An apparent symbolic move directed against Blizzard was made by the Chinese corporation NetEase by demolishing a World of Warcraft statue outside their headquarters. Blizzard’s last-minute attempt to extend the license for World of Warcraft and other games in China for six months has drawn criticism from NetEase. because of that. On January 22, WoW will stop operating in the area.
Blizzard China contacted NetEase, who reportedly turned down their request to extend their long-term cooperation for another six months. Activision Blizzard was charged with “seeking a divorce while remaining attached” by NetEase, which called the idea “commercially irrational.”
The shutdown was announced on the official World of Warcraft website in China, with a statement from NetEase stating that the game’s license had expired and would not be renewed. The statement also thanked players for their support over the years and apologized for any inconvenience caused by the shutdown. Many World of Warcraft gamers in China were shocked to hear this news because the nation had a sizable and devoted fan following for the game. China has really been one of the game’s most significant markets, with many players there spending both money and thousands of hours on it.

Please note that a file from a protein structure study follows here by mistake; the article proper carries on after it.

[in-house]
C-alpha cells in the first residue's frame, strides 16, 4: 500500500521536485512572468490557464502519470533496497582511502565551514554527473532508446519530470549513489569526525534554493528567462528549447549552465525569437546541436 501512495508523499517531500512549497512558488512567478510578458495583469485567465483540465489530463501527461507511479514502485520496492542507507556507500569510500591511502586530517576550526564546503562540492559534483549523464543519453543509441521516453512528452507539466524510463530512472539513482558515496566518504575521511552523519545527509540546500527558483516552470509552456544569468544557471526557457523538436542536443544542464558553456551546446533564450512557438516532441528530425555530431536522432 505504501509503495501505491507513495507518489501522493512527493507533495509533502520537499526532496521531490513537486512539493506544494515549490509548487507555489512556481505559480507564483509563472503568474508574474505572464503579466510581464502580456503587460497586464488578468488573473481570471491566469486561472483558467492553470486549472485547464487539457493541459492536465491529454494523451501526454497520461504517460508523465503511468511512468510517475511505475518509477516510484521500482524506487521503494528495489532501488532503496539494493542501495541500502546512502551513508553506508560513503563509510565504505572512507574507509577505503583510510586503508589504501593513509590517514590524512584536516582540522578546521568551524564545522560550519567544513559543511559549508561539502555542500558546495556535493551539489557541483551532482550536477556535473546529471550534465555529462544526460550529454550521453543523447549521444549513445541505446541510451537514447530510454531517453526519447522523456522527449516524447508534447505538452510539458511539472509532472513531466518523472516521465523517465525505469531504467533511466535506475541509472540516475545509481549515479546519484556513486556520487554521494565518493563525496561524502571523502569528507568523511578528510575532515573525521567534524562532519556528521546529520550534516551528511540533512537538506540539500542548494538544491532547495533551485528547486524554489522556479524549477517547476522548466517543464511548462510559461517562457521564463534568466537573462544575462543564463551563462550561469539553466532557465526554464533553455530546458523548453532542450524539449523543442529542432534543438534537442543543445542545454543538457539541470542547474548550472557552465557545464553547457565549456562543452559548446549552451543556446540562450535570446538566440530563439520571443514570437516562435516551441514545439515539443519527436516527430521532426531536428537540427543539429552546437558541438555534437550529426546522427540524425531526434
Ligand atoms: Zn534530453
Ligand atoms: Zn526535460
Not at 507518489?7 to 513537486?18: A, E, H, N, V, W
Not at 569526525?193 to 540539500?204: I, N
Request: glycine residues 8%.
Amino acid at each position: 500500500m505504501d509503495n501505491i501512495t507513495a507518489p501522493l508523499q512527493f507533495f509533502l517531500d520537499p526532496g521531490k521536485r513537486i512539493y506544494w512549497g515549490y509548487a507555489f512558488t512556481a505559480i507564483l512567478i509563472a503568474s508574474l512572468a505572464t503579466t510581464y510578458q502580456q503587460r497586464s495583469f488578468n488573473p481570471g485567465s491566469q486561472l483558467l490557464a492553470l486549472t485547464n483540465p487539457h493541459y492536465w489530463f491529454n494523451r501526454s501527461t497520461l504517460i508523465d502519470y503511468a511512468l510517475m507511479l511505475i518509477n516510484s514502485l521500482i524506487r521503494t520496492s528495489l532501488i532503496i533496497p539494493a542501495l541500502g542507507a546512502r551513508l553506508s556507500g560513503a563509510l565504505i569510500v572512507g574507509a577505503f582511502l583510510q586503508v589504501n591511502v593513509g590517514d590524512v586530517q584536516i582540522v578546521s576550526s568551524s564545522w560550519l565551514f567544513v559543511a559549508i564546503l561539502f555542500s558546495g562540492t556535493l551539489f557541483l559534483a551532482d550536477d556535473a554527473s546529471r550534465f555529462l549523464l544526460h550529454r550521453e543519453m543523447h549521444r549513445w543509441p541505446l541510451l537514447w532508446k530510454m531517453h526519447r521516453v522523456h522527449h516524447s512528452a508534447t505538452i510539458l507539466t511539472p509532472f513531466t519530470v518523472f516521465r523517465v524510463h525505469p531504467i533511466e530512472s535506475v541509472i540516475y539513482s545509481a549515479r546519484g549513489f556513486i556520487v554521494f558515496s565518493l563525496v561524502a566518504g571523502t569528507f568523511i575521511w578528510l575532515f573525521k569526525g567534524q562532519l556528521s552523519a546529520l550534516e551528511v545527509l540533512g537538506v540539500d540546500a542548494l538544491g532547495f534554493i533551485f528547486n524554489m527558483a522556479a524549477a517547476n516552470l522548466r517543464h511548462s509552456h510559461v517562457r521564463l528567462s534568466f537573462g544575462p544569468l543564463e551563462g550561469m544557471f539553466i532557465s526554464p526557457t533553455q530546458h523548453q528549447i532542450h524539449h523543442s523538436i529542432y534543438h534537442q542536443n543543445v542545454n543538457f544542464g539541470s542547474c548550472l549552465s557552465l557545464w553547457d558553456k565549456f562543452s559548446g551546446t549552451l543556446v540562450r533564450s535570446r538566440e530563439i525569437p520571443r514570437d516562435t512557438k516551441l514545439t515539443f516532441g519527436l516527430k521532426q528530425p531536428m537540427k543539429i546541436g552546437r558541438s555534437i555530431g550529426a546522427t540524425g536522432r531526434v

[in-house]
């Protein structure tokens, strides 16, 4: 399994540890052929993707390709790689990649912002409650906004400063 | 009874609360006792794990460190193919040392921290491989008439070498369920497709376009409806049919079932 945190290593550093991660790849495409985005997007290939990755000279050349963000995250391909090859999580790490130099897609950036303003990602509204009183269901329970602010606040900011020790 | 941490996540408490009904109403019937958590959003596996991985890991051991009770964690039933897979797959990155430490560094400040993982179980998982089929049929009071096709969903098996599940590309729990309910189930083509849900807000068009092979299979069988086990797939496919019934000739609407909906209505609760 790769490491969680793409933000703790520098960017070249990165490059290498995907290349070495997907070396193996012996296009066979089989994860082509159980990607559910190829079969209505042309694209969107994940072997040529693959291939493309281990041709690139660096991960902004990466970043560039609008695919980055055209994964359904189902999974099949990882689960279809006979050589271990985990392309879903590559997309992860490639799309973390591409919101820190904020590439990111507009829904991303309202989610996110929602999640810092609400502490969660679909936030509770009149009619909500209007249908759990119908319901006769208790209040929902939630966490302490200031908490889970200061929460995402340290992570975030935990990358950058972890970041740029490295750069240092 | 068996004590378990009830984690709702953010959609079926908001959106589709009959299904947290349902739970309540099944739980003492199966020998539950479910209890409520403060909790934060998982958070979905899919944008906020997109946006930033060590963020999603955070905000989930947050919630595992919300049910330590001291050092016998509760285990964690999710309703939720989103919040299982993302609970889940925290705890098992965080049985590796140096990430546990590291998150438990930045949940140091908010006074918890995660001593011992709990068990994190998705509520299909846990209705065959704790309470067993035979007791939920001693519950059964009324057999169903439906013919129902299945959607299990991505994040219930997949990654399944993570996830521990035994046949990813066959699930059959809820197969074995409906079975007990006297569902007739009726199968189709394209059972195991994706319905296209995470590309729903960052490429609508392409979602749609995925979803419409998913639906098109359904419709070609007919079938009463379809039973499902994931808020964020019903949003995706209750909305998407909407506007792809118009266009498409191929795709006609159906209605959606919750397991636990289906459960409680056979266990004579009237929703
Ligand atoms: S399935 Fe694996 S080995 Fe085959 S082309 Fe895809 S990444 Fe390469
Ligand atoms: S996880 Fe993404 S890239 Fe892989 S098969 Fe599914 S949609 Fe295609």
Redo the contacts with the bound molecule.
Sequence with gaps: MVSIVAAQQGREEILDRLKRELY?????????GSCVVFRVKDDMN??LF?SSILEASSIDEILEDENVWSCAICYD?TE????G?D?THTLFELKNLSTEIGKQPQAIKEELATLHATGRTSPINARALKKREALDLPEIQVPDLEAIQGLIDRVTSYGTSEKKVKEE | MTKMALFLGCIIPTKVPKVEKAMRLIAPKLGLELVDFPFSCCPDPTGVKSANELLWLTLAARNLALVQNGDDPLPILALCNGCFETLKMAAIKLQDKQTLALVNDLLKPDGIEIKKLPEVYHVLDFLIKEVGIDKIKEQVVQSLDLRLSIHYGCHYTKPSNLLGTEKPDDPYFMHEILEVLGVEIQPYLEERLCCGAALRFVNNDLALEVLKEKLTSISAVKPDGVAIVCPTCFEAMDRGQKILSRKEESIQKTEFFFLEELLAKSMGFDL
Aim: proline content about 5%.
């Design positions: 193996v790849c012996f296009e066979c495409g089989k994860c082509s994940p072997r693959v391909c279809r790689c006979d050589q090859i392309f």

Alan Gai, a Chinese esports broadcaster, claims that NetEase demolished the monument on Wednesday while live-streaming the event on its Naraka Bladepoint channel. The incident was then captured on TikTok by the Chinese TikTok channel ChaikingNDS, who also showed participants receiving special ‘Blizzard Green Tea’ drinks as a reward.
Netease dismantled the Warcraft Gorehowl statue in its park and set up a live stream. $NTES rejected Blizzard $ATVI's proposal about extending their 14-year partnership for six months to look for a new partner, saying that was non-reciprocal and unfair.https://t.co/Z35BaWer2B pic.twitter.com/lLUb3QsT4W
— CN Wire (@Sino_Market) January 18, 2023
The statue was demolished a day after Blizzard announced on its official Weibo page that all Blizzard games would be shut down in China.
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